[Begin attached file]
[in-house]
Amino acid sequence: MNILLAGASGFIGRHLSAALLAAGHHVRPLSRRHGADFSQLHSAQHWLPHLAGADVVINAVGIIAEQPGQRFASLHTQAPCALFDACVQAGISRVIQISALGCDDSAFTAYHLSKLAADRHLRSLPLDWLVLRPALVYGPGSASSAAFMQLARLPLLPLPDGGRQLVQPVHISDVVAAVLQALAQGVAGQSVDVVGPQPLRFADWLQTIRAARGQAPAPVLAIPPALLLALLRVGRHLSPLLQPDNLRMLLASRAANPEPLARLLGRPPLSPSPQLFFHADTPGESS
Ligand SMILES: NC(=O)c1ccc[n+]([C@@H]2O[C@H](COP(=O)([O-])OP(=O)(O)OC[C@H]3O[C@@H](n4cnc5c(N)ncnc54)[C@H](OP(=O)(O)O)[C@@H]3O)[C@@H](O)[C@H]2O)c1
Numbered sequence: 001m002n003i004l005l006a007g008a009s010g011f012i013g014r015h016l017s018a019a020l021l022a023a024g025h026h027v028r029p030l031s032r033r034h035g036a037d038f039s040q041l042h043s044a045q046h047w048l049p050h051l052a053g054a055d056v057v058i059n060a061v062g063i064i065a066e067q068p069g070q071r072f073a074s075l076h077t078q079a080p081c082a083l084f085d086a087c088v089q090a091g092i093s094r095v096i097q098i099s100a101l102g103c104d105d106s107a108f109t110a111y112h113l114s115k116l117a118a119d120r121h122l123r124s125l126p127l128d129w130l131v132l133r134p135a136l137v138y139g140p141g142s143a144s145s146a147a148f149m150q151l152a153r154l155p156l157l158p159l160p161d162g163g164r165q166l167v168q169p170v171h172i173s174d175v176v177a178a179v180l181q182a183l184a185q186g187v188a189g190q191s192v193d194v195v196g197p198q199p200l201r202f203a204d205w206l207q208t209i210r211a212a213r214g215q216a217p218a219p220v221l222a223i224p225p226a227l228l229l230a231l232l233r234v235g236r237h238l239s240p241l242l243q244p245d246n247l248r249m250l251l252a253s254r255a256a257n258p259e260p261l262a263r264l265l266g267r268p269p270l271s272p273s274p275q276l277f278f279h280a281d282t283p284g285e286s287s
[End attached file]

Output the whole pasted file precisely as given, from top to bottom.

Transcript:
[in-house]
Amino acid sequence: MNILLAGASGFIGRHLSAALLAAGHHVRPLSRRHGADFSQLHSAQHWLPHLAGADVVINAVGIIAEQPGQRFASLHTQAPCALFDACVQAGISRVIQISALGCDDSAFTAYHLSKLAADRHLRSLPLDWLVLRPALVYGPGSASSAAFMQLARLPLLPLPDGGRQLVQPVHISDVVAAVLQALAQGVAGQSVDVVGPQPLRFADWLQTIRAARGQAPAPVLAIPPALLLALLRVGRHLSPLLQPDNLRMLLASRAANPEPLARLLGRPPLSPSPQLFFHADTPGESS
Ligand SMILES: NC(=O)c1ccc[n+]([C@@H]2O[C@H](COP(=O)([O-])OP(=O)(O)OC[C@H]3O[C@@H](n4cnc5c(N)ncnc54)[C@H](OP(=O)(O)O)[C@@H]3O)[C@@H](O)[C@H]2O)c1
Numbered sequence: 001m002n003i004l005l006a007g008a009s010g011f012i013g014r015h016l017s018a019a020l021l022a023a024g025h026h027v028r029p030l031s032r033r034h035g036a037d038f039s040q041l042h043s044a045q046h047w048l049p050h051l052a053g054a055d056v057v058i059n060a061v062g063i064i065a066e067q068p069g070q071r072f073a074s075l076h077t078q079a080p081c082a083l084f085d086a087c088v089q090a091g092i093s094r095v096i097q098i099s100a101l102g103c104d105d106s107a108f109t110a111y112h113l114s115k116l117a118a119d120r121h122l123r124s125l126p127l128d129w130l131v132l133r134p135a136l137v138y139g140p141g142s143a144s145s146a147a148f149m150q151l152a153r154l155p156l157l158p159l160p161d162g163g164r165q166l167v168q169p170v171h172i173s174d175v176v177a178a179v180l181q182a183l184a185q186g187v188a189g190q191s192v193d194v195v196g197p198q199p200l201r202f203a204d205w206l207q208t209i210r211a212a213r214g215q216a217p218a219p220v221l222a223i224p225p226a227l228l229l230a231l232l233r234v235g236r237h238l239s240p241l242l243q244p245d246n247l248r249m250l251l252a253s254r255a256a257n258p259e260p261l262a263r264l265l266g267r268p269p270l271s272p273s274p275q276l277f278f279h280a281d282t283p284g285e286s287s